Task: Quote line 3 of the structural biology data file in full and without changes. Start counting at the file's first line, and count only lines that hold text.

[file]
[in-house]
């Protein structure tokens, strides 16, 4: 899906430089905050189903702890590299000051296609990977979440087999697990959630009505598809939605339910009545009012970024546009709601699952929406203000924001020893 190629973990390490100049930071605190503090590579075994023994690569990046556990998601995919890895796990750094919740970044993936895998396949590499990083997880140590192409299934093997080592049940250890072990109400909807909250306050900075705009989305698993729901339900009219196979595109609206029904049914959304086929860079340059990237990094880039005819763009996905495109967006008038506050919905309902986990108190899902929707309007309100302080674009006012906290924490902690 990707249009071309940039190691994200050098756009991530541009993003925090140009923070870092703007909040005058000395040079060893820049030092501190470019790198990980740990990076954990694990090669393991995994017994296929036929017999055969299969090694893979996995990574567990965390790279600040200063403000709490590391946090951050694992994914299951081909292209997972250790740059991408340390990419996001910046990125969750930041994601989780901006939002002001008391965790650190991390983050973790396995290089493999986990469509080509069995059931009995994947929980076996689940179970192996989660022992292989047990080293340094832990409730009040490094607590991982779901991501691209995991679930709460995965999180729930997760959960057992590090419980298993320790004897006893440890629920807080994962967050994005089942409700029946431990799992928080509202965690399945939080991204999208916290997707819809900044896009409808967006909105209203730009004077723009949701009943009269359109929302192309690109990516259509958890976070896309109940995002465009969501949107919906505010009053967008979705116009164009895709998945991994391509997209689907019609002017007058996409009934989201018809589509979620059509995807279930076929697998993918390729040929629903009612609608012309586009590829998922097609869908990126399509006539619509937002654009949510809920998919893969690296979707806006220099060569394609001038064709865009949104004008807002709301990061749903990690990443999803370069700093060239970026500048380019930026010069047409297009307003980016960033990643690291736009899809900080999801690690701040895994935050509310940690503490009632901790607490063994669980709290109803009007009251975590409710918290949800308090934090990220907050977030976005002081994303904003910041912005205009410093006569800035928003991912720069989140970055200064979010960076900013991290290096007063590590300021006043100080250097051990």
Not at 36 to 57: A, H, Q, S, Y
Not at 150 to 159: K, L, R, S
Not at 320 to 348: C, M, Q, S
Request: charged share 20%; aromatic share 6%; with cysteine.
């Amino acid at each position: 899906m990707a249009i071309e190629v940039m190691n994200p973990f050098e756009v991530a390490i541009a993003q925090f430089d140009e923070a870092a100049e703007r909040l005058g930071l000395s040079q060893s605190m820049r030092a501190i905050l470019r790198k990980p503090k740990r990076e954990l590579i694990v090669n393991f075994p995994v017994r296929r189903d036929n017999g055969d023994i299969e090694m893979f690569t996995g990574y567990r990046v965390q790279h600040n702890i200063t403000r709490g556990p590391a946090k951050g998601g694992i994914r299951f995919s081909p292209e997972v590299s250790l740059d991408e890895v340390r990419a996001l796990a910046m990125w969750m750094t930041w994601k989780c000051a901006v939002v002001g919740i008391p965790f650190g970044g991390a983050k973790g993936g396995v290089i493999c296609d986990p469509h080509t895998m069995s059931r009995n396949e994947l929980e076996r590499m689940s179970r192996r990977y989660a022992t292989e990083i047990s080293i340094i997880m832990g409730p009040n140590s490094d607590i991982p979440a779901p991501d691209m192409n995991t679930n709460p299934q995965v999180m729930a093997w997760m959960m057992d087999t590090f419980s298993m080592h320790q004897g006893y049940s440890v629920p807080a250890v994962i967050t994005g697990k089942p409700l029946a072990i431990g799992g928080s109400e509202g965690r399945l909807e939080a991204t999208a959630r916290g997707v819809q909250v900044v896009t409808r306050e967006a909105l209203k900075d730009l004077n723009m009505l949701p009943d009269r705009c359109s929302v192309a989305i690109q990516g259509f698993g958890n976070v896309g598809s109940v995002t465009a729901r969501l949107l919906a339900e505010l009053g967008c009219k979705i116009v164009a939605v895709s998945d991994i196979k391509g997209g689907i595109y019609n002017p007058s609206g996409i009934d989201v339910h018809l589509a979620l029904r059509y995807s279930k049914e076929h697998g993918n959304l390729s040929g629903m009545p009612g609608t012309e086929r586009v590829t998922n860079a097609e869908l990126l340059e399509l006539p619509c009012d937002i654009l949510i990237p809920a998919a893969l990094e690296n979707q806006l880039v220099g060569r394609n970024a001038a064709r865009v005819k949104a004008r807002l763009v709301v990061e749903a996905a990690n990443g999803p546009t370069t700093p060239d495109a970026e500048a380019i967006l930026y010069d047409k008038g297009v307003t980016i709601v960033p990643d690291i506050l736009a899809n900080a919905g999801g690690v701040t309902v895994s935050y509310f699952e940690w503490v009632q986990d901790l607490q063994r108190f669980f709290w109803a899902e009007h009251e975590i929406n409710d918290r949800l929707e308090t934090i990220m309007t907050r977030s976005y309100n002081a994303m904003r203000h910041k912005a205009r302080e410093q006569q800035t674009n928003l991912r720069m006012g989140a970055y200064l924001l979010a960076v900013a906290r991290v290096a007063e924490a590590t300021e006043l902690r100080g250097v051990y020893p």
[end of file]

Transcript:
Not at 36 to 57: A, H, Q, S, Y